Most Read Contributor in Australia, September 2016
In late March 2012 the federal government passed the
Building and Construction Industry Improvement Amendment
(Transition to Fair Work) Bill 2012. This legislation will
abolish the Office of the Australian Building and Construction
Commissioner (ABCC) and create a new agency, the
Office of the Fair Work Building Industry Inspectorate
The key changes are explained below. It is expected that the
changes will come into effect some time during 2012.
Integration into Fair Work Act scheme Building unions, their
officials, employees, employers and other participants in the
building industry will be subject to the same offences and
penalties in the Fair Work Act 2009 (Cth)
(Act) as their counterparts in other Australian
industries. There will no longer be a separate statutory regime of
more onerous offences and higher penalties for building industry
FWBI inspectors will perform the same functions and powers as a
Fair Work Inspector in relation to building matters.
In legal proceedings regarding a building matter the FWBI
Director or inspector cannot initiate or progress proceedings that
relate to matters that have settled between the other parties.
Consider, for example, a proceeding relating to alleged coercion by
a building union of a building contractor to employ a person as
union delegate in contravention of s 355 of the Act. If the
contractor and union settle that matter, the FWBI inspector cannot
later seek to prosecute the union for contravening s 355.
The new legislation also makes it clear that FWBI will not be
responsible for industrial compliance in respect of off-site
prefabrication of made-to-order components i.e. manufacturing that
takes place in permanent off-site facilities and is separate from
the building project. However, pre-fabrication of building
components that takes place on auxiliary or holding sites separate
from the primary construction site(s) will remain subject to
FWBI's compliance powers.
Safeguards for exercise of coercive powers
The FWBI Director will have the power to require a person to
provide information, documents or evidence relevant to an
investigation. A person who fails to comply with such a requirement
will remain liable to a maximum penalty of 6 months imprisonment or
$3,300 fine. However, the person would retain the right to claim
legal professional privilege or public interest immunity.
In order to exercise the coercive powers to obtain information,
documents or evidence the FWBI Director will need to satisfy a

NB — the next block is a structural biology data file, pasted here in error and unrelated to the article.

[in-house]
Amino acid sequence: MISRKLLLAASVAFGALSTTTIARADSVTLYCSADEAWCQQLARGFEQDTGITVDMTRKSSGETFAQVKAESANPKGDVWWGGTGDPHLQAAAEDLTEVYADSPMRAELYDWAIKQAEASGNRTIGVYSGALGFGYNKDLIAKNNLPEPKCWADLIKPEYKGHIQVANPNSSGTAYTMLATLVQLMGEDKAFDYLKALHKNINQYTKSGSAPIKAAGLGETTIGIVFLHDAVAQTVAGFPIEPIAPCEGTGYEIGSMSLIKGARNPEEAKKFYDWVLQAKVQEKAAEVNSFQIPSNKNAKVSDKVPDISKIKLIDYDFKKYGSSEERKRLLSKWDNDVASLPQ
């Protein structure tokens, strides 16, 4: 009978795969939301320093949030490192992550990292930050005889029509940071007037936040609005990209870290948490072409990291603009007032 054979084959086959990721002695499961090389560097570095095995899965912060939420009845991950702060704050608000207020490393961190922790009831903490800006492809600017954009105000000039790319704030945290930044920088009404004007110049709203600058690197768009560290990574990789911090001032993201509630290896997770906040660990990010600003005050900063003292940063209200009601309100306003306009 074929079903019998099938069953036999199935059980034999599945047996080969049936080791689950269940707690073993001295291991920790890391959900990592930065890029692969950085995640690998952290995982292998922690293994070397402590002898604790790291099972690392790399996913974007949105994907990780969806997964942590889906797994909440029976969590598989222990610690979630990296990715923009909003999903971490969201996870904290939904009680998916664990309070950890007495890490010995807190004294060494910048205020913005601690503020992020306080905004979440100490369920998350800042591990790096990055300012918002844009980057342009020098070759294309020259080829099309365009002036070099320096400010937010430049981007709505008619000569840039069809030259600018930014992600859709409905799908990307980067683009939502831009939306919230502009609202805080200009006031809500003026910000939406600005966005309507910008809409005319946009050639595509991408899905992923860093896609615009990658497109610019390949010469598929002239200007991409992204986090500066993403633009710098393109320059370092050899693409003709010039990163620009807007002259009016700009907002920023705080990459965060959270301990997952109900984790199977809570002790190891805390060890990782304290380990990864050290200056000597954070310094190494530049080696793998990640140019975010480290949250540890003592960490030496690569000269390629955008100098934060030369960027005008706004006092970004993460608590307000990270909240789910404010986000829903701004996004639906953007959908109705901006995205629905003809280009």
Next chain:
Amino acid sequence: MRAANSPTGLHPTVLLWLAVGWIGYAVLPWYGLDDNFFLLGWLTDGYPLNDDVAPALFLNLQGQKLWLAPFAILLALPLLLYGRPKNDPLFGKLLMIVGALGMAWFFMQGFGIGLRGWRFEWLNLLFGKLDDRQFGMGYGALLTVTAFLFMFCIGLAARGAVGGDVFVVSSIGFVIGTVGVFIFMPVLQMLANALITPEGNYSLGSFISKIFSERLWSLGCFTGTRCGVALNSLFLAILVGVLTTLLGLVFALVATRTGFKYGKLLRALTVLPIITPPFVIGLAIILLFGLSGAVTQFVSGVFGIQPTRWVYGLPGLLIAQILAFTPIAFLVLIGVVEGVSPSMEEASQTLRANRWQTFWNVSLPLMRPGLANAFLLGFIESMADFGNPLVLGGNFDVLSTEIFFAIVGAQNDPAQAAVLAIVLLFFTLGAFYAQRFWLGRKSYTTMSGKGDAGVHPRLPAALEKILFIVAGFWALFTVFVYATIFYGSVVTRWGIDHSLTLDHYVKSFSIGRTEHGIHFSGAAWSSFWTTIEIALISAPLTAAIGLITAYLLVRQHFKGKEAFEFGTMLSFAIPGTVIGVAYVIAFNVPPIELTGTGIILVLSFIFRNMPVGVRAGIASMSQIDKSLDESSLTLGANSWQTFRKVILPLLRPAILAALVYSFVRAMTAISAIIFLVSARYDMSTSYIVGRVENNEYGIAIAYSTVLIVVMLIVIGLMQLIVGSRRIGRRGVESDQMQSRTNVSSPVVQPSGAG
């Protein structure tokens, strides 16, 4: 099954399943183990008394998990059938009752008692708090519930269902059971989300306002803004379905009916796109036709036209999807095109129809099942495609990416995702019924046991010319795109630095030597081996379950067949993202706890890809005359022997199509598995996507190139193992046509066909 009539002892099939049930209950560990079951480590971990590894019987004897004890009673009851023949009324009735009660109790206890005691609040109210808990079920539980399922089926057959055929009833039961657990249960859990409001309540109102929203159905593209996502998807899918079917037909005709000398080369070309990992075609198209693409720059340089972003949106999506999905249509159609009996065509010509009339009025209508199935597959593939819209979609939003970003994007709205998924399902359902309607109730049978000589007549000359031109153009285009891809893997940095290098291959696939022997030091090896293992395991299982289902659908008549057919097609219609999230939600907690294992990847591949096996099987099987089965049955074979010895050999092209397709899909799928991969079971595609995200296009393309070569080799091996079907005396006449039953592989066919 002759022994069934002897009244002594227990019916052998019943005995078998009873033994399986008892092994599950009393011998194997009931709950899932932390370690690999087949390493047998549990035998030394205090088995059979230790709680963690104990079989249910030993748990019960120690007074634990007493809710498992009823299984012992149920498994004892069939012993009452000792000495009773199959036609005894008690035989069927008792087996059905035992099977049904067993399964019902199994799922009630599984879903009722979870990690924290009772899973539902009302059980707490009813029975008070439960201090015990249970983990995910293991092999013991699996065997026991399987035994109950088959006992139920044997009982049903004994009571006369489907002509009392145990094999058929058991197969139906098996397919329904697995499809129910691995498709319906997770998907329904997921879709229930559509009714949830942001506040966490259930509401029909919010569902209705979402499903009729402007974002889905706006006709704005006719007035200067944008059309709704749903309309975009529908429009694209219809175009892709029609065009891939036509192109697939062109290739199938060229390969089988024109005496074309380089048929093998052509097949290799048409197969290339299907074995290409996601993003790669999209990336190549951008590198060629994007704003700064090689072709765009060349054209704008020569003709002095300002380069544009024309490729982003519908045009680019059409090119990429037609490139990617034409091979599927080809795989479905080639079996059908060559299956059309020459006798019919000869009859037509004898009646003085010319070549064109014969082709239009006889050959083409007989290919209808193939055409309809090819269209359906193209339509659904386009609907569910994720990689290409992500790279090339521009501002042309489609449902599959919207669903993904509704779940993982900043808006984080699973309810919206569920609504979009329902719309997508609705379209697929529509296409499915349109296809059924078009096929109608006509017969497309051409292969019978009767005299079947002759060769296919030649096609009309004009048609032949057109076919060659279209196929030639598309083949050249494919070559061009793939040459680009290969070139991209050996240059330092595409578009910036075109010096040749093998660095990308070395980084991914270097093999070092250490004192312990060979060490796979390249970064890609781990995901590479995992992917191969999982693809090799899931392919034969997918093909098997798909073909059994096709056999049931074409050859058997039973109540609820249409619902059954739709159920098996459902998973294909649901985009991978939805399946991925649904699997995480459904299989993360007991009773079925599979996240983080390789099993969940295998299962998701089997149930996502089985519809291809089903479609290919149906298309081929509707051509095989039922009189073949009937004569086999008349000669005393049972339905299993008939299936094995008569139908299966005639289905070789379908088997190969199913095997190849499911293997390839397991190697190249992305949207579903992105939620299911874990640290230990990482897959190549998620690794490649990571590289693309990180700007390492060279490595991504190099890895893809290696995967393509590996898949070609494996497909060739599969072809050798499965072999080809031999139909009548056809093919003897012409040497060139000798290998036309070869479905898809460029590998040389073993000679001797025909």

designated presidential member of the Commonwealth Administrative
Appeals Tribunal that:
there are reasonable grounds to believe the person has
information or documents or is capable of giving evidence relevant
to the investigation;
all other methods of obtaining the material or evidence have
been tried or were not appropriate;
the information or evidence would be likely to be of assistance
to the investigation; and
it would be appropriate, having regard to all of the
circumstances, to impose the requirement.
A person who is being examined will be entitled to be
represented at the examination by a lawyer of the person's
choice. The FWBI Director cannot refuse a person representation by
a particular lawyer because that lawyer has represented or is also
representing another person who has been examined.
The FWBI Director cannot require a person to give an undertaking
not to disclose information or answers given at the examination or
to discuss matters relating to the examination with any other
person. This will mean, for example, that a person cannot be
prevented from discussing their experiences at the examination with
A person who attends a compulsory examination is entitled to
payment for reasonable expenses incurred by the person in attending
the examination. Reasonable expenses will cover matters such as
travel, accommodation and legal expenses.
The Commonwealth Ombudsman will monitor and review all
examinations and provide reports to the Parliament on the exercise
of this power.
Option to be exempt from exercise of coercive powers Interested
persons may apply for one or more building projects to be exempt
from the exercise of coercive powers. These applications will be
determined by the Independent Assessor, who must be satisfied that
it would be appropriate to make the determination, having regard to
the object of the Act and any matters prescribed by the
regulations. According to the explanatory memorandum accompanying
this legislation, such matters might include a demonstrated record
of compliance with workplace relations laws, including court or
tribunal orders, in connection with the building project.
The Independent Assessor must also be satisfied that it would
not be contrary to the public interest to make a determination.
The content of this article is intended to provide a general
guide to the subject matter. Specialist advice should be sought
about your specific circumstances.
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